Monday, September 12, 2016

Double Bubble

With apologies to my knitting/crochet/gardening/Nature chums, or for those of you who read my blog because your lives have been affected by dementia, for the complete lack of anything other than running on here at the moment but there really aren't enough hours in the day. Normal business will be resumed eventually but for the next few weeks it's probably going to be all about marathons as my 100th looms ever nearer (gulp!).

Here I go again, another weekend, another double marathon. This time though the marathons were only a short distance from home rather than the usual 1.5 - 2 hour trek so I didn't need to get up at silly o'clock for a change.

These were the inaugural marathons from newly formed race organisers WeRunTheyRunIRun, fellow runners and members of Eastbourne Rovers Athletics Club which was a good omen - runners know what fellow runners want from an event and they certainly didn't disappoint.

From left to right: Debbie & Richard Davis, Russell & Zoe Gardham

This was a 2 day event based at Rye Harbour Nature Reserve which I am ashamed to say we'd never visited even though we often visit the beautiful town of Rye itself (I've even written about it several times on here). Having run there and shown Mike the photos we'll definitely be heading off there for a wander some time this week!

Saturday, Day 1

The venue was easy to find as you just followed the signs for Rye Harbour and when the road ran out you found the large, free car park adjacent to the holiday park. Race HQ was inside the park and there was free tea and coffee before, during and after the race which was a nice touch. Even better, there were real toilets rather than the usual portaloos.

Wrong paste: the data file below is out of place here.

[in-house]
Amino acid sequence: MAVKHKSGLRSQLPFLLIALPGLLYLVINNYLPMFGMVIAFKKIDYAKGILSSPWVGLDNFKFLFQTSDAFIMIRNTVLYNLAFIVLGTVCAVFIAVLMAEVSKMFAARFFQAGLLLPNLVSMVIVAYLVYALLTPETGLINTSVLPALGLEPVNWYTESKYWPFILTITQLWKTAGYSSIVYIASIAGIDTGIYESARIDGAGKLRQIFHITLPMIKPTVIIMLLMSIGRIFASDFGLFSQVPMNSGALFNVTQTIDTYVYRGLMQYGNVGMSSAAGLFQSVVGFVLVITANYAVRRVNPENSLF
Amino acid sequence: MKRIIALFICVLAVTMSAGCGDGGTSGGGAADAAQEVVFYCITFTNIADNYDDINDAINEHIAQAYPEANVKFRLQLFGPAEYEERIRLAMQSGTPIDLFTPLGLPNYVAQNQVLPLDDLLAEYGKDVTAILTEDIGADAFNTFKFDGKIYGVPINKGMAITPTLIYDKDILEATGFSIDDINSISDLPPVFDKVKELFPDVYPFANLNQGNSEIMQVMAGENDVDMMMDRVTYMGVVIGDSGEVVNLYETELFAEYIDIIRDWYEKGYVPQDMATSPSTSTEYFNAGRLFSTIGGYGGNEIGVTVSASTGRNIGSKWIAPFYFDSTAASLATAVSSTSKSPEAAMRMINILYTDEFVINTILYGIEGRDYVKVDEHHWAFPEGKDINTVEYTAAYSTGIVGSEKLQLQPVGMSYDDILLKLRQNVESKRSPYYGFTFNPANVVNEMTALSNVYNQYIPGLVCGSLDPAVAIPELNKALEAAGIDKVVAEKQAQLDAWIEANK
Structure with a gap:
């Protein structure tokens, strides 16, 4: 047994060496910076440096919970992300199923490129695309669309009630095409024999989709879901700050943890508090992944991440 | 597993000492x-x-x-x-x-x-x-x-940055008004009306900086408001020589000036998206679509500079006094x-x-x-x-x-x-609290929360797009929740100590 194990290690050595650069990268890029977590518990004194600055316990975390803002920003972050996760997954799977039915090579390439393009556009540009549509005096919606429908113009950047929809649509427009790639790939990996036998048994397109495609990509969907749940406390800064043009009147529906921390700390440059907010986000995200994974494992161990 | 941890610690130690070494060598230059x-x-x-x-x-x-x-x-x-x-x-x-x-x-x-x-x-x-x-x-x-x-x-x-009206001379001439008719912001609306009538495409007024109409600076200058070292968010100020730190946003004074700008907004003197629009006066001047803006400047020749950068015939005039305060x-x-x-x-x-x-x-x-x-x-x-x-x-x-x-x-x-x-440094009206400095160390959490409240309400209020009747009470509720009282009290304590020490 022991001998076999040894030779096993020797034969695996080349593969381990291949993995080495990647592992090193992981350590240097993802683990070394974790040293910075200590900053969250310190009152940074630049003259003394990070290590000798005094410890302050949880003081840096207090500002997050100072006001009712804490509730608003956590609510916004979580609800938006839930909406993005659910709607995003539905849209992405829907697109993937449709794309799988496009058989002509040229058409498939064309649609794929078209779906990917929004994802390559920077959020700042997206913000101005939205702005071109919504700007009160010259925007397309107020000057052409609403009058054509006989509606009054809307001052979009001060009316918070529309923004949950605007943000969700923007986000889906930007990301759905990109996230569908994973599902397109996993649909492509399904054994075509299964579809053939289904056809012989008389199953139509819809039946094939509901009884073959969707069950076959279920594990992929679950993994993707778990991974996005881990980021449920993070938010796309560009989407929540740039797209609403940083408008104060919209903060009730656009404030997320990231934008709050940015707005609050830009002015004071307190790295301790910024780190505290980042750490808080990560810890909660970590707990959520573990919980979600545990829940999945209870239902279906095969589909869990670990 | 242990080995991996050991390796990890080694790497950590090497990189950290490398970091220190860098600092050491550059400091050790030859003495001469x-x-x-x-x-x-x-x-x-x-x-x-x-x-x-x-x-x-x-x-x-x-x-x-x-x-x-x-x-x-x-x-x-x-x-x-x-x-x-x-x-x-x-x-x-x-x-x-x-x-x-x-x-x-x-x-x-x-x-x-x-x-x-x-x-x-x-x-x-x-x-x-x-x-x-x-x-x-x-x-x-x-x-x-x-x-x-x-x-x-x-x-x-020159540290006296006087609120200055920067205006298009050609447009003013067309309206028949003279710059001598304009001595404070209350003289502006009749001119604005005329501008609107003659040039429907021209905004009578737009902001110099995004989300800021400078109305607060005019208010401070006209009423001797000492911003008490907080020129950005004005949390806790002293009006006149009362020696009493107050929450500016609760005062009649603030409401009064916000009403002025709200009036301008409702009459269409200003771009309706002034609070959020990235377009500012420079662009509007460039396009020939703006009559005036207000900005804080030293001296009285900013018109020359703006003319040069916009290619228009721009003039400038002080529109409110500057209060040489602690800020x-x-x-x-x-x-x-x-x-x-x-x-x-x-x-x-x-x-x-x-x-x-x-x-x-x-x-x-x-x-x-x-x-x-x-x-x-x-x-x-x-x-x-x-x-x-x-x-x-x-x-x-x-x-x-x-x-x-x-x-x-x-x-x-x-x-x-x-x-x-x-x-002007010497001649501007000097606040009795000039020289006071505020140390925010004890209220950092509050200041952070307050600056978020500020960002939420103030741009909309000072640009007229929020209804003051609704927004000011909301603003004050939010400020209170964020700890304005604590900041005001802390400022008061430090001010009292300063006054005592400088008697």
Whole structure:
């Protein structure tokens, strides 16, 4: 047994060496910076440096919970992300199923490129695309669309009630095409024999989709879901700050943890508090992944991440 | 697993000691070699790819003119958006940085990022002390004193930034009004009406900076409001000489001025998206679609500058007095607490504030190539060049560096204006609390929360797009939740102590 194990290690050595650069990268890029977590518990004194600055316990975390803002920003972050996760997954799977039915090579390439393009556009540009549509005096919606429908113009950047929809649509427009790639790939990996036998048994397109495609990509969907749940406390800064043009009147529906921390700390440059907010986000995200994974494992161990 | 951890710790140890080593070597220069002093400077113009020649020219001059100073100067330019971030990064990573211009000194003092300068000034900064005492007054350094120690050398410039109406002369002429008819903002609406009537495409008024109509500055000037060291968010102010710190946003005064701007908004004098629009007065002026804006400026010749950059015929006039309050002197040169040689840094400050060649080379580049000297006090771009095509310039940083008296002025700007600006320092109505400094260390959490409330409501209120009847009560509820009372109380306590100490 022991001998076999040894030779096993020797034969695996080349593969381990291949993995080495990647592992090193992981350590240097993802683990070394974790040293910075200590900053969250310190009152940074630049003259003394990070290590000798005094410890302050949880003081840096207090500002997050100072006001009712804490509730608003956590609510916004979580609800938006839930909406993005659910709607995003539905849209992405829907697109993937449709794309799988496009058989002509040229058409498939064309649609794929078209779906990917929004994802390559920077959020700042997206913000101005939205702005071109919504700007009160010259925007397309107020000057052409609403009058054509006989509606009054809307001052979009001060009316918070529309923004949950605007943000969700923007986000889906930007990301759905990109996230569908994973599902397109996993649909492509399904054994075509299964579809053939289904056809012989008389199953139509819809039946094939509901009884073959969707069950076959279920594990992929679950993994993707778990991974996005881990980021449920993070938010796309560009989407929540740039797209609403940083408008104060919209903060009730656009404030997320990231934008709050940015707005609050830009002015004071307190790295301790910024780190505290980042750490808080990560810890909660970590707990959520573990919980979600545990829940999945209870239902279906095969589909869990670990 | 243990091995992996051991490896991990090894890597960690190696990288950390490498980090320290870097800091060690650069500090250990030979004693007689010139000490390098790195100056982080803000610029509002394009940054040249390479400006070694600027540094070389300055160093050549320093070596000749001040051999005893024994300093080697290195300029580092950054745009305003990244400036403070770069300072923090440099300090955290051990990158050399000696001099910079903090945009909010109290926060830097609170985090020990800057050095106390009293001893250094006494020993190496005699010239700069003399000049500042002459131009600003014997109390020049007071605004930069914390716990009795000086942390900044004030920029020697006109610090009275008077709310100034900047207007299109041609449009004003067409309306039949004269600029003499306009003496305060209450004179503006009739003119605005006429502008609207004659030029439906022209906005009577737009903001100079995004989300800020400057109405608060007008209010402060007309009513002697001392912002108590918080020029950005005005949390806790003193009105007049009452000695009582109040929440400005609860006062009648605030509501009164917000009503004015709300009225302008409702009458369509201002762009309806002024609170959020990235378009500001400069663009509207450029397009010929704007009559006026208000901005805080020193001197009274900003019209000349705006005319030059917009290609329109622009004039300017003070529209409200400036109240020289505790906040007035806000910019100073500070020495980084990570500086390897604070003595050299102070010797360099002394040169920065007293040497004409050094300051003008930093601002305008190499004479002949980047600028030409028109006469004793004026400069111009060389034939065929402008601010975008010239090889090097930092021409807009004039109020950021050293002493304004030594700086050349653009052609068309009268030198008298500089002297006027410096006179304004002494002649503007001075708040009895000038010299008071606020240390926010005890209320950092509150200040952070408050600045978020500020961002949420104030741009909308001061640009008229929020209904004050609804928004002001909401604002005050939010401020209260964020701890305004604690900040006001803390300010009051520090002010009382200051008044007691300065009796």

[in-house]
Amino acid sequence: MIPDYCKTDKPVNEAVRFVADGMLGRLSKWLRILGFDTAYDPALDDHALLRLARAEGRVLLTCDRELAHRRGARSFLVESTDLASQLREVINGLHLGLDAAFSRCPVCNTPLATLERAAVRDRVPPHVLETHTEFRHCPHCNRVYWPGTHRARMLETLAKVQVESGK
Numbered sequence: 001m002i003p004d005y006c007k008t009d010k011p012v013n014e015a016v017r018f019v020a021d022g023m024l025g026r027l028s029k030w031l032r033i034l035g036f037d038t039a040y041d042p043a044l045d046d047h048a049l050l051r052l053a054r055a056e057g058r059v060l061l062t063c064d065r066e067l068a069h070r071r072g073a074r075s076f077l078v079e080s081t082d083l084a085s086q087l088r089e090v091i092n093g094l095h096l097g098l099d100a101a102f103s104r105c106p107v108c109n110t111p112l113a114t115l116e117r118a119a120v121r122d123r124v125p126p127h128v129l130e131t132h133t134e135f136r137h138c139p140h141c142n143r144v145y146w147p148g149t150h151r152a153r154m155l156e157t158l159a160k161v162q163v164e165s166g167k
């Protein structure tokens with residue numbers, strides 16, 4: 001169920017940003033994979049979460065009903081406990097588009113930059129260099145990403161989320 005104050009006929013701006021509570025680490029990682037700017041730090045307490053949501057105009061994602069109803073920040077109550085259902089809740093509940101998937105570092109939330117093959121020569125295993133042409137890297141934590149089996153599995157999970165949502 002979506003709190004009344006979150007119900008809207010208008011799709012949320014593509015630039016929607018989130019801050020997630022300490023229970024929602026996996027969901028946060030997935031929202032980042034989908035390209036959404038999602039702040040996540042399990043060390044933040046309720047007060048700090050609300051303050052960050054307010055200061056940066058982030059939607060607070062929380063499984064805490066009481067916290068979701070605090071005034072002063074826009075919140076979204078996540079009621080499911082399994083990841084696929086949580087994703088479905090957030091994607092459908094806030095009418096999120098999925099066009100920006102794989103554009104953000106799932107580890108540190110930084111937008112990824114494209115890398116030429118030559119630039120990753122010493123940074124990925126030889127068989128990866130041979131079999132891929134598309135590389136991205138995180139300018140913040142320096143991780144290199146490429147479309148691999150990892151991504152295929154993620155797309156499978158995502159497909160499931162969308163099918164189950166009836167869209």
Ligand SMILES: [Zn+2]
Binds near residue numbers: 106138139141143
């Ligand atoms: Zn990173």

When you collected your race number you were given a pink wristband which you had to get marked at the end of each 5.28 mile lap. You also got to choose between a meat or veggie burger to munch at the finish which was a nice touch.

There were plenty of the usual suspects there - here we have Kirsty and Dee chatting with Jodie who'd brought her family along for a camping trip at nearby Camber Sands.

After a few hugs and a chat I headed outside to take a few snaps around the start area. It was grey and overcast but warm to begin with.

This Martello Tower, number 28, was the first to be built in Sussex and is known as The Enchantress Tower

Ooh look, the aid station!

Before the goodies were laid out....

...and after. My banana cake's there along with Debbie's wonderfully gooey chocolatey concoction which she really must make again. Notice the watermelon which I don't like and always avoid then watch me eat my words on day 2!

A panorama taken from the start line:

Heading back for the race briefing I bumped into Millsy with Andy in tow:

Then Anna arrived and so we had to have a girly group photo:

From left to right: Dee, Kirsty, Anna, me with Elaine behind (I wonder how many hundreds of marathons we've done between us).

At the race briefing Russell announced that if anyone didn't "speak Northern" they should find an interpreter which made me chuckle as his accent is similar to mine except he hails from the other side of the Penines. He gave out all the usual information and then we had just enough time for a final trip to the toilet if need be before the start so we headed back inside before congregating at the start line.

I nearly managed to snap Debbie sneaking in some breakfast before heading out for her marshalling duties!

The map below shows the out-and-back route we took. The route was well signed and the turnaround point was marked by a cone with a bin bag attached for any rubbish you needed to deposit. Unfortunately, as there were lots of dogs out for a walk this soon became a magnet on which to relieve themselves!

It was a 6 hour timed event in which you could run as many or as few laps as you liked as long as you headed out for your last lap before the 6 hour cut-off. This meant it was an ideal event for anyone wanting to try out their first marathon or ultra in a friendly and less pressured environment. I've noticed that people often do more laps than they intend to as the camaraderie amongst fellow runners really helps lift your spirits and helps you achieve more than you thought you could.